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The Hidden Benefit of Objectivity

It should be clear to all of us that the more you do something, the better you get at it. Practice makes perfect. However, the downside can be illustrated through what is known as an ‘open field experiment’ involving rodents.

The rodents are placed into an open field, which, not surprisingly, elicits servere stress symptoms: an inability to move, elevated corticosterone etc. When the same procedure of placing the rodent out in an open field and letting it experience a fear response, what happens is, well, startling. Over time, the rodent stopped showing signs of fear. It wasn’t showing signs of immobility  and defecating anymore, but yet, its corticosterone levels where still  elevated.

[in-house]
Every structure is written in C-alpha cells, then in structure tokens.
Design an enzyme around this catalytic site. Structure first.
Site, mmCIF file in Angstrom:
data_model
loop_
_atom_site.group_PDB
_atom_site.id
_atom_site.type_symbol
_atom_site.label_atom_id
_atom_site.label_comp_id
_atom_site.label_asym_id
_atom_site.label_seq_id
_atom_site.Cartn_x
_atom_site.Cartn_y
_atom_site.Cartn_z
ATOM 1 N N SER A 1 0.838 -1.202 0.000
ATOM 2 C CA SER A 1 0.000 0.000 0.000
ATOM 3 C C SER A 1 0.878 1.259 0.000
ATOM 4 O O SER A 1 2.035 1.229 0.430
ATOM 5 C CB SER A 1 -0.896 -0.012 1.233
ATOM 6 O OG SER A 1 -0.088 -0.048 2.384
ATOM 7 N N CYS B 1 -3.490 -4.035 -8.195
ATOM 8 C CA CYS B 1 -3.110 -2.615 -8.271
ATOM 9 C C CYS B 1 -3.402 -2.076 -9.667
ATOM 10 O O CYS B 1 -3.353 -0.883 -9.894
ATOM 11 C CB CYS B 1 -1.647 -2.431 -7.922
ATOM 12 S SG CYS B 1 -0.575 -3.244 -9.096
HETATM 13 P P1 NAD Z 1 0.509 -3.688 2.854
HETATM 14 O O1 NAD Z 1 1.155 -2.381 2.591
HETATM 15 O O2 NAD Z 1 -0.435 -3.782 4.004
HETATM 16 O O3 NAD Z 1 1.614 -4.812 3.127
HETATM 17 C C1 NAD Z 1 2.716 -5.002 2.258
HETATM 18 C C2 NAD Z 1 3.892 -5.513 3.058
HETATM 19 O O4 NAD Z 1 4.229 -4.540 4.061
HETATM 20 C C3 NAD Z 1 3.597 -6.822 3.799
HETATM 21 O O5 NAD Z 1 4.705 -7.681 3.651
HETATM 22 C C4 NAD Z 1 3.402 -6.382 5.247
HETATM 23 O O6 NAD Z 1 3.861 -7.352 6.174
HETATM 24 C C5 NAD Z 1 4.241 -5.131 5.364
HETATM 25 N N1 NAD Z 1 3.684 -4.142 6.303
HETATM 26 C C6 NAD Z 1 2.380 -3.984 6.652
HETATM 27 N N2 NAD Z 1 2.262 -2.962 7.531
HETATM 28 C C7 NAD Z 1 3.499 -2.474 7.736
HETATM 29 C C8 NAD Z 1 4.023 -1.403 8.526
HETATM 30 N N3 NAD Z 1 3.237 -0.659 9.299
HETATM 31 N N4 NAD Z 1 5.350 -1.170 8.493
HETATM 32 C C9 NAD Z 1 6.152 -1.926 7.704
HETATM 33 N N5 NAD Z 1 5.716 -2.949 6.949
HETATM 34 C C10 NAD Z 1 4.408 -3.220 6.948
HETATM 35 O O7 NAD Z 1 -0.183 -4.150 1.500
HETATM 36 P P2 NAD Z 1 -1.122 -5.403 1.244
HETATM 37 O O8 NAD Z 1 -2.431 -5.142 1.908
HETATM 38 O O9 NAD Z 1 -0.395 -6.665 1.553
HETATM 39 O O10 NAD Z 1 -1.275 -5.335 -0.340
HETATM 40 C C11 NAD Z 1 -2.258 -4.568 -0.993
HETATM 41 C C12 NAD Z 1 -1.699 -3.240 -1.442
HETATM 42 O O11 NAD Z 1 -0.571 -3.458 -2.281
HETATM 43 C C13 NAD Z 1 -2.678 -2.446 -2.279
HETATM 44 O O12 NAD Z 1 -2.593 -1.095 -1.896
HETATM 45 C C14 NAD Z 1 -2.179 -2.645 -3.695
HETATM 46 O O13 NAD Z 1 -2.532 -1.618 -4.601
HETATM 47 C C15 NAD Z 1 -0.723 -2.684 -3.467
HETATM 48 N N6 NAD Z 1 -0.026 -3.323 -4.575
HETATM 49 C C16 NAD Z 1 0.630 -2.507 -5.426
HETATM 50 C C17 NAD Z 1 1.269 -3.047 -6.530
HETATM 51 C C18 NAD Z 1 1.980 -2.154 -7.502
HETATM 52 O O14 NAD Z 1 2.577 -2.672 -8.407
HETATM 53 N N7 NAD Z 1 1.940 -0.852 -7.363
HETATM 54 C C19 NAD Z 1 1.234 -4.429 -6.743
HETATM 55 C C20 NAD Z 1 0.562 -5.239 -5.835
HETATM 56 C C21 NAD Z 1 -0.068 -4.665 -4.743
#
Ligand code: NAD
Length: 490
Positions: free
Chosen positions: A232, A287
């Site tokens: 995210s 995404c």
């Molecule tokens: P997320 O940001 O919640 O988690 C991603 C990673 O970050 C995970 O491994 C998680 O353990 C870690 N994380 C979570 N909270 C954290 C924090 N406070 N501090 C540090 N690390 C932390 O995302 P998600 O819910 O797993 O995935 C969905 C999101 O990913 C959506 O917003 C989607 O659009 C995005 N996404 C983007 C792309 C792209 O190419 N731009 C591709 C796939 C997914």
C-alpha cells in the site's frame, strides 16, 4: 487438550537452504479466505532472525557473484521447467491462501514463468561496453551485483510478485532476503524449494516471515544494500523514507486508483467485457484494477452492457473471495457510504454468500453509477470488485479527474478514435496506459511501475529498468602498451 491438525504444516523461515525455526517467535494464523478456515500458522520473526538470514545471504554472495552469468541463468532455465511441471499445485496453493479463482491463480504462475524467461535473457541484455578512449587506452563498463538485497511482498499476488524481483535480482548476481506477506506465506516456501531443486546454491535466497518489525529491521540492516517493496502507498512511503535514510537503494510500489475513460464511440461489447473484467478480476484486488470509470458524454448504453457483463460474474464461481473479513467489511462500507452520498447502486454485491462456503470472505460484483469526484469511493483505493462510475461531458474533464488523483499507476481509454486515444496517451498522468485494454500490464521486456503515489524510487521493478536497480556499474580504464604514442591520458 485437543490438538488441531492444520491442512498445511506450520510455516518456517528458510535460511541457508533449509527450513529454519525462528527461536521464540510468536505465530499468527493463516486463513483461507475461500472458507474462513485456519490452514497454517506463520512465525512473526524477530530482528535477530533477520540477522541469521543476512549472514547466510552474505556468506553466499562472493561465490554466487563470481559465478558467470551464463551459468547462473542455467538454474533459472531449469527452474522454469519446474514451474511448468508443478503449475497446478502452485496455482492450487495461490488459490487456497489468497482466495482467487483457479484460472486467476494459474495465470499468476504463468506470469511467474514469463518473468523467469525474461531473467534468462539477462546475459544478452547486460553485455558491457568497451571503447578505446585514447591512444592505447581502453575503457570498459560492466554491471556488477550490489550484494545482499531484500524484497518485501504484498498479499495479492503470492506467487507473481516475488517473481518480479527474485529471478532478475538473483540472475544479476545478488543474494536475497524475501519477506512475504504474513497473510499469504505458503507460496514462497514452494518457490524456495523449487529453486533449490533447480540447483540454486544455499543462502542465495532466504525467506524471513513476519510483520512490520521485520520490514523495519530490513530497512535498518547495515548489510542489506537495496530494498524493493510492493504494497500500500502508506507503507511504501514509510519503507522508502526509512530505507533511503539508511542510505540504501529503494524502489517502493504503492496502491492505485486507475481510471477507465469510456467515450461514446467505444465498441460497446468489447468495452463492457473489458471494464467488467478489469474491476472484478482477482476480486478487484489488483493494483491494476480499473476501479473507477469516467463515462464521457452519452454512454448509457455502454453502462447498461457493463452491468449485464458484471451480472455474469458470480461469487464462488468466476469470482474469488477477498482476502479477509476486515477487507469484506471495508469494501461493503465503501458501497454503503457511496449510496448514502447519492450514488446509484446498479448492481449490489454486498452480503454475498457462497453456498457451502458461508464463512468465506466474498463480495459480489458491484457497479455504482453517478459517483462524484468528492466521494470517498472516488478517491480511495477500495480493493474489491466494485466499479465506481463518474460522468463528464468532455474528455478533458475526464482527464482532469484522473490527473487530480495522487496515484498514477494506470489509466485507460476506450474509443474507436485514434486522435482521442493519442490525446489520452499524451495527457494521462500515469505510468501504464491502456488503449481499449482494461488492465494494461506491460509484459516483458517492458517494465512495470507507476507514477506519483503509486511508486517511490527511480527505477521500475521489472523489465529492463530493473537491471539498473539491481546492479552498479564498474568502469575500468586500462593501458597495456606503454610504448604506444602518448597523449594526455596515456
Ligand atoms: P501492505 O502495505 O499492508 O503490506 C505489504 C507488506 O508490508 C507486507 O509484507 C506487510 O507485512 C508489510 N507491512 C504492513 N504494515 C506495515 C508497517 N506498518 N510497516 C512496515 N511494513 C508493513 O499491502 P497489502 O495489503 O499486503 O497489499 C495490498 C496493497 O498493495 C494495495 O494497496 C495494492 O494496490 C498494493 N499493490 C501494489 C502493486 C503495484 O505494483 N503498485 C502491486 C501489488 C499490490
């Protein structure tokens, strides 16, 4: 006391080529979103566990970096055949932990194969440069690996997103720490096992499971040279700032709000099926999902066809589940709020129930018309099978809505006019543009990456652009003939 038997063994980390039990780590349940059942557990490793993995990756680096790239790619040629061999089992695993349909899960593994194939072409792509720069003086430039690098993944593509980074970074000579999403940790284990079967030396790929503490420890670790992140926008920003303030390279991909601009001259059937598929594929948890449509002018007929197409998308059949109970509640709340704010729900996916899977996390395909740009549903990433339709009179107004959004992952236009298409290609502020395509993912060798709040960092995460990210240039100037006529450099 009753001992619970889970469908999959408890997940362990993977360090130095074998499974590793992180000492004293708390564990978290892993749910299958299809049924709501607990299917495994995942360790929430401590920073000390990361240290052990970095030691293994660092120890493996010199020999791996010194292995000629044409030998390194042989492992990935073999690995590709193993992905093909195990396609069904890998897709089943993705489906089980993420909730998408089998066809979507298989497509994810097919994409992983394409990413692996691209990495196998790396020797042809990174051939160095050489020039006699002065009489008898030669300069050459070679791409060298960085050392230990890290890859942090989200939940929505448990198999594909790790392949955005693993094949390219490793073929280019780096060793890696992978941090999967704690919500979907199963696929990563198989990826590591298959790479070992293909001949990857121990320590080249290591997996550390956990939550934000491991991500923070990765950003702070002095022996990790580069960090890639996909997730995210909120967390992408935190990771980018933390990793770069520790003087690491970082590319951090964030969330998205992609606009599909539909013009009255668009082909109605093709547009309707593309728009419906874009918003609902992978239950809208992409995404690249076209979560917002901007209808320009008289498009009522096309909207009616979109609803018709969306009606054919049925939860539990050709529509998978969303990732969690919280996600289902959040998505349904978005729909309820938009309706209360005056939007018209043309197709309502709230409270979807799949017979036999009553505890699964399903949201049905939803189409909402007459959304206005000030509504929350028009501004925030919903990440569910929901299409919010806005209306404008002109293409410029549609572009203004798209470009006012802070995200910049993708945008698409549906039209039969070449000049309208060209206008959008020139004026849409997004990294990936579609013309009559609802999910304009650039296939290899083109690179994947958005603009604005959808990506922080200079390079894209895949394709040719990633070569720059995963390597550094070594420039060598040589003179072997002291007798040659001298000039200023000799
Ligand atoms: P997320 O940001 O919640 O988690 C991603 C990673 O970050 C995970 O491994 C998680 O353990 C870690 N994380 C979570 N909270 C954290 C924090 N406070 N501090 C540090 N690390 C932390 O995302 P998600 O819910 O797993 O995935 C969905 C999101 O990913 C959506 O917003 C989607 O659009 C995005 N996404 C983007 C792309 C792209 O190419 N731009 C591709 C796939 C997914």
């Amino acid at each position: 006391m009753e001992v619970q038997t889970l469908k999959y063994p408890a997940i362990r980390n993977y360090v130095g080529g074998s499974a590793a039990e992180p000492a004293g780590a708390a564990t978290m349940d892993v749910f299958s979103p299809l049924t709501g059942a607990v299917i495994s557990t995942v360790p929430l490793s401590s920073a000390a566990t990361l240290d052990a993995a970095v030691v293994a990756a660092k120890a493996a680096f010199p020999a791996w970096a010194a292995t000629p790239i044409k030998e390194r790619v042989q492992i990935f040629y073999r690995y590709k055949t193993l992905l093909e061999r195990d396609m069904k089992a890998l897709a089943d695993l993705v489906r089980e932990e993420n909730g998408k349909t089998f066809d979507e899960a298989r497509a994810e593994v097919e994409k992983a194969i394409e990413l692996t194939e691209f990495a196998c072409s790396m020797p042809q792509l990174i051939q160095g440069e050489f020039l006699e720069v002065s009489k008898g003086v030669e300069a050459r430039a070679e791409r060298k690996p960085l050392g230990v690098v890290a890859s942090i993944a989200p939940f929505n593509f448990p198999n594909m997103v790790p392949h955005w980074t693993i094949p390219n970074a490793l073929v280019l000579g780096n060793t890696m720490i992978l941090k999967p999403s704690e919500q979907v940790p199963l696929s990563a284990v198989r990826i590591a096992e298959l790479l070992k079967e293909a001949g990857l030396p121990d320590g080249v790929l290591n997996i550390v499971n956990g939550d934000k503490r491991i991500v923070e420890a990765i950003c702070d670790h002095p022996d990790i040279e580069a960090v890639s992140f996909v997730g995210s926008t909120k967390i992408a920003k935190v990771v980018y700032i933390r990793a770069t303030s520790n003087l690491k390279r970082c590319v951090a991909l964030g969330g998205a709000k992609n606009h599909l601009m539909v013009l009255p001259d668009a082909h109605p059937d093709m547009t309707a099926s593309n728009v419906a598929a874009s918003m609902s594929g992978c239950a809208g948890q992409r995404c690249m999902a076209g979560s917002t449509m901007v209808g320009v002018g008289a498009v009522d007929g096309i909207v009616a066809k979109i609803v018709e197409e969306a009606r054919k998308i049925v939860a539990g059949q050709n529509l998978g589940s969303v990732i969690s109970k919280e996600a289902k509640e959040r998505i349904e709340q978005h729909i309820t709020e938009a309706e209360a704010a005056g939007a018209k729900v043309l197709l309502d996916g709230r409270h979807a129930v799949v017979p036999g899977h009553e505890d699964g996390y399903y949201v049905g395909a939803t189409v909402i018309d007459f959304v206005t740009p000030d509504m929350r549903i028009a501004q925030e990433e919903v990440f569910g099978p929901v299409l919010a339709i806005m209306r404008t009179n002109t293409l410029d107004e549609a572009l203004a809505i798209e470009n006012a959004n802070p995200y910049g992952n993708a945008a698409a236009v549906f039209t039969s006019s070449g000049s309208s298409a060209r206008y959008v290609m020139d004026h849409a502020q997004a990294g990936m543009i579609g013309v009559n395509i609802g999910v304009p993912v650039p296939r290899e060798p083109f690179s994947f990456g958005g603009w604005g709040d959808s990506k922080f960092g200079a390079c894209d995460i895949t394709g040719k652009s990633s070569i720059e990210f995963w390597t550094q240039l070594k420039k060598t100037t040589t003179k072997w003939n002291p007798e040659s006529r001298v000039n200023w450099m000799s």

This examples shows how the decisions that we make consciously over time can become part of our subconscious. Significantly, the absence of stress or fear does not make a decision any more ‘right’ – it just feels that way because we don’t experience the fear associated with the decision anymore. What could the implication of this be? When you are faced with a decision that looks easy to make, it might be only because the situation is familiar. I think the same goes for any marketing decision. When we have to make stressful decisions, it is best to get the viewpoint of an ‘outsider’ so that they can provide us with more objective feelings of what risks the decision(s) entail.

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Werner van Zyl
Phone: +27 84 810 22 74
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